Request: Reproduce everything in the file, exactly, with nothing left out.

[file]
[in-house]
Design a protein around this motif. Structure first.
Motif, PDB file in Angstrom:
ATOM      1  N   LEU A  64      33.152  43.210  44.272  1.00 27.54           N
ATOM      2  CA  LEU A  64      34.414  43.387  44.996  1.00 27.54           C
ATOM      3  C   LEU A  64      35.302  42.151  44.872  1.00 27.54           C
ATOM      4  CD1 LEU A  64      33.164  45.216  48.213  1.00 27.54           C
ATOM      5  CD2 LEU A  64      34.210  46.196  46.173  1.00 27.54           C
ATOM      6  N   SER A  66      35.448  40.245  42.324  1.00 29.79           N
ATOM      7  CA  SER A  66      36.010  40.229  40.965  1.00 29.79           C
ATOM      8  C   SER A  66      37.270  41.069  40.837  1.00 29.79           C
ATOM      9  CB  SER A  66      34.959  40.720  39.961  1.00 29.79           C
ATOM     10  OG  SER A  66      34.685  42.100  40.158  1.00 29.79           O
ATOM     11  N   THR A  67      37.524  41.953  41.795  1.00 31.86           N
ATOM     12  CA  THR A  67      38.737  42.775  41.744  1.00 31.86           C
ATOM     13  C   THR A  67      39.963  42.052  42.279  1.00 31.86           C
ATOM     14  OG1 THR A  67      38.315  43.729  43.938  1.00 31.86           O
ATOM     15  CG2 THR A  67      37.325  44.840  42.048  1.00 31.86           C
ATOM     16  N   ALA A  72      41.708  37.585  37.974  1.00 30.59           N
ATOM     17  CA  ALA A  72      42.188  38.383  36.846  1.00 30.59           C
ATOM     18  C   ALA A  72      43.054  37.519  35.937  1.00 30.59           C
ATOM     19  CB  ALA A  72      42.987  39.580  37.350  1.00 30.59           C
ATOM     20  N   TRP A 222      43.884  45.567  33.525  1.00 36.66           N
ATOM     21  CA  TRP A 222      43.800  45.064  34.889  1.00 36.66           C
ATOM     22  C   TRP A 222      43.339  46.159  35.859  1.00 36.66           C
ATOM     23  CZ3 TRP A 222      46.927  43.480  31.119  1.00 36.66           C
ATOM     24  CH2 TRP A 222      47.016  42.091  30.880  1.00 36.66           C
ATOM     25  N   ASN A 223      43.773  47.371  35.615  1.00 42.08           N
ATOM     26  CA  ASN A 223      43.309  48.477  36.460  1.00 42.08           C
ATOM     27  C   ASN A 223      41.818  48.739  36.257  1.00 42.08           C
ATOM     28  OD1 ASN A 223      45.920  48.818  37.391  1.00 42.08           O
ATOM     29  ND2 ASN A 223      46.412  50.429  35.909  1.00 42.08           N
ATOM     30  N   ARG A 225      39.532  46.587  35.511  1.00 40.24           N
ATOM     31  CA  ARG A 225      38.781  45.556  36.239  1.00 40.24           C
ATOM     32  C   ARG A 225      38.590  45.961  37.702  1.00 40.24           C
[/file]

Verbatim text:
[in-house]
Design a protein around this motif. Structure first.
Motif, PDB file in Angstrom:
ATOM      1  N   LEU A  64      33.152  43.210  44.272  1.00 27.54           N
ATOM      2  CA  LEU A  64      34.414  43.387  44.996  1.00 27.54           C
ATOM      3  C   LEU A  64      35.302  42.151  44.872  1.00 27.54           C
ATOM      4  CD1 LEU A  64      33.164  45.216  48.213  1.00 27.54           C
ATOM      5  CD2 LEU A  64      34.210  46.196  46.173  1.00 27.54           C
ATOM      6  N   SER A  66      35.448  40.245  42.324  1.00 29.79           N
ATOM      7  CA  SER A  66      36.010  40.229  40.965  1.00 29.79           C
ATOM      8  C   SER A  66      37.270  41.069  40.837  1.00 29.79           C
ATOM      9  CB  SER A  66      34.959  40.720  39.961  1.00 29.79           C
ATOM     10  OG  SER A  66      34.685  42.100  40.158  1.00 29.79           O
ATOM     11  N   THR A  67      37.524  41.953  41.795  1.00 31.86           N
ATOM     12  CA  THR A  67      38.737  42.775  41.744  1.00 31.86           C
ATOM     13  C   THR A  67      39.963  42.052  42.279  1.00 31.86           C
ATOM     14  OG1 THR A  67      38.315  43.729  43.938  1.00 31.86           O
ATOM     15  CG2 THR A  67      37.325  44.840  42.048  1.00 31.86           C
ATOM     16  N   ALA A  72      41.708  37.585  37.974  1.00 30.59           N
ATOM     17  CA  ALA A  72      42.188  38.383  36.846  1.00 30.59           C
ATOM     18  C   ALA A  72      43.054  37.519  35.937  1.00 30.59           C
ATOM     19  CB  ALA A  72      42.987  39.580  37.350  1.00 30.59           C
ATOM     20  N   TRP A 222      43.884  45.567  33.525  1.00 36.66           N
ATOM     21  CA  TRP A 222      43.800  45.064  34.889  1.00 36.66           C
ATOM     22  C   TRP A 222      43.339  46.159  35.859  1.00 36.66           C
ATOM     23  CZ3 TRP A 222      46.927  43.480  31.119  1.00 36.66           C
ATOM     24  CH2 TRP A 222      47.016  42.091  30.880  1.00 36.66           C
ATOM     25  N   ASN A 223      43.773  47.371  35.615  1.00 42.08           N
ATOM     26  CA  ASN A 223      43.309  48.477  36.460  1.00 42.08           C
ATOM     27  C   ASN A 223      41.818  48.739  36.257  1.00 42.08           C
ATOM     28  OD1 ASN A 223      45.920  48.818  37.391  1.00 42.08           O
ATOM     29  ND2 ASN A 223      46.412  50.429  35.909  1.00 42.08           N
ATOM     30  N   ARG A 225      39.532  46.587  35.511  1.00 40.24           N
ATOM     31  CA  ARG A 225      38.781  45.556  36.239  1.00 40.24           C
ATOM     32  C   ARG A 225      38.590  45.961  37.702  1.00 40.24           C